“Love Languages” in the Workplace: What are They?

Have you ever heard of love languages? This is a term for methods coined back in 1995 with Gary Chapman’s go-to psychology resource, The Five Love Languages. These are normally classified as different forms of communication between romantic partners such as spouses, but did you know that there are “love languages” in the workplace environment as well? Chapman followed-up with The Five Languages of Appreciation in the Workplace, detailing what they are. Today, let’s dive in and explore them!



From grabbing their morning Starbucks for them to giving a birthday card signed by the team, there are many ways you can show appreciation for others at work by giving small gifts. The key is not to let the presents speak for you – ensure you make it clear verbally that their efforts mean something to you. After all, the last thing you want is for someone to think you’re trying to buy their friendship!


Quality Time

There’s no better way to unwind after a long work week than with a team outing! Emotions can fly, and tempers rise during the regular nine-to-five, so gathering where your team members share stories, have fun and knock back a few drinks together on a Friday night goes a long way in ensuring everyone gets along and feels respected. In addition, ensuring every employee is granted the time and space to voice their opinion, present ideas and provide their own insights goes a long way in establishing a happy workforce.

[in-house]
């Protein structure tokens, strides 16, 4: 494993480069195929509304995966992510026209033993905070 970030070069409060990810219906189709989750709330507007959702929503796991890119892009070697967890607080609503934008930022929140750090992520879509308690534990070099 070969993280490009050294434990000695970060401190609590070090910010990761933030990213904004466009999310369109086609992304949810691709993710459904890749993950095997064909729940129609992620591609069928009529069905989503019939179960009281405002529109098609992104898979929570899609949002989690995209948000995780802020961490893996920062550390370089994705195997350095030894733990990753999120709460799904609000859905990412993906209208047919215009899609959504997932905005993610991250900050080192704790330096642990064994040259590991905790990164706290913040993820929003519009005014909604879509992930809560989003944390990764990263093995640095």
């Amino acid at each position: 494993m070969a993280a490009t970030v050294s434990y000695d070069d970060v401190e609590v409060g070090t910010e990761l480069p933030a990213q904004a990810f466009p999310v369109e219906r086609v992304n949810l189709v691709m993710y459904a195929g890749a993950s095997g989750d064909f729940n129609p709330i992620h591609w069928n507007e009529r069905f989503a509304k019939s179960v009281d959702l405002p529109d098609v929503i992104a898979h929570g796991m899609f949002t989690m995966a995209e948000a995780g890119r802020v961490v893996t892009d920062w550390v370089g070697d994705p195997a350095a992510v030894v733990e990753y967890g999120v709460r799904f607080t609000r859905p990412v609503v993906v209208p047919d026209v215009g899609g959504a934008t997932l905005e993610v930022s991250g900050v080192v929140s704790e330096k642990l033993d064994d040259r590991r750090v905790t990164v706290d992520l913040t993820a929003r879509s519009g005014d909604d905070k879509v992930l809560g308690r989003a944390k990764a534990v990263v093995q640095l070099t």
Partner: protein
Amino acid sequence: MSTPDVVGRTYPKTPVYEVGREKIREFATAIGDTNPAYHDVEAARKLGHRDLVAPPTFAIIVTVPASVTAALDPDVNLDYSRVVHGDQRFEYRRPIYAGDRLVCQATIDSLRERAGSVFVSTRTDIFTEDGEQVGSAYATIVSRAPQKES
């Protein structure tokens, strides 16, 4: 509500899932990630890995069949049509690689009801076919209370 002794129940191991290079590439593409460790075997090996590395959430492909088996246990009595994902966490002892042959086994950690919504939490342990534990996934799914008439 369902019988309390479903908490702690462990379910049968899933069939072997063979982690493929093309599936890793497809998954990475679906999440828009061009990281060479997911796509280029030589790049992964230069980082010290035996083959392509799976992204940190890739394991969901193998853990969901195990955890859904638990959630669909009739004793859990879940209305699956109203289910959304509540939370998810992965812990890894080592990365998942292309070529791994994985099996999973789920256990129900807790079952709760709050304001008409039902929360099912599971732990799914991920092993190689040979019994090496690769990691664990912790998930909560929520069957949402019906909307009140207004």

Words of Affirmation

Showing hard-working folks that you’re paying attention and recognize their contributions are hugely helpful at boosting morale, with everything from a quick thank-you with a funny .GIF on Slack to a face-to-face chat over the watercooler serving as suitable methods. Having the ability to really listen and respect the input of other employees is critical in this way also – treat others the way you want to be treated!


Acts of Service

You don’t have to wait for someone to do a good deed for you before making a positive difference in the working lives of others. Notice someone’s internet not working? Help them restore the connection. See an employee struggling with carrying something heavy? Help shoulder the burden to get the job done. It’s the little things that count!



You can “touch” someone’s heart by providing emotional support and lending an ear. Alternatively, try offering a hands-on form of assistance with a project someone is struggling on. Or, touch can represent giving a close acquaintance at work a hug on their last day or a pat on the back for a job well done. Just don’t overdo it!

The more we learn to appreciate and have respect for one another in work environments, the happier and more efficient we can be as team members. This leads to better mental and physical health as well as healthier relationships!

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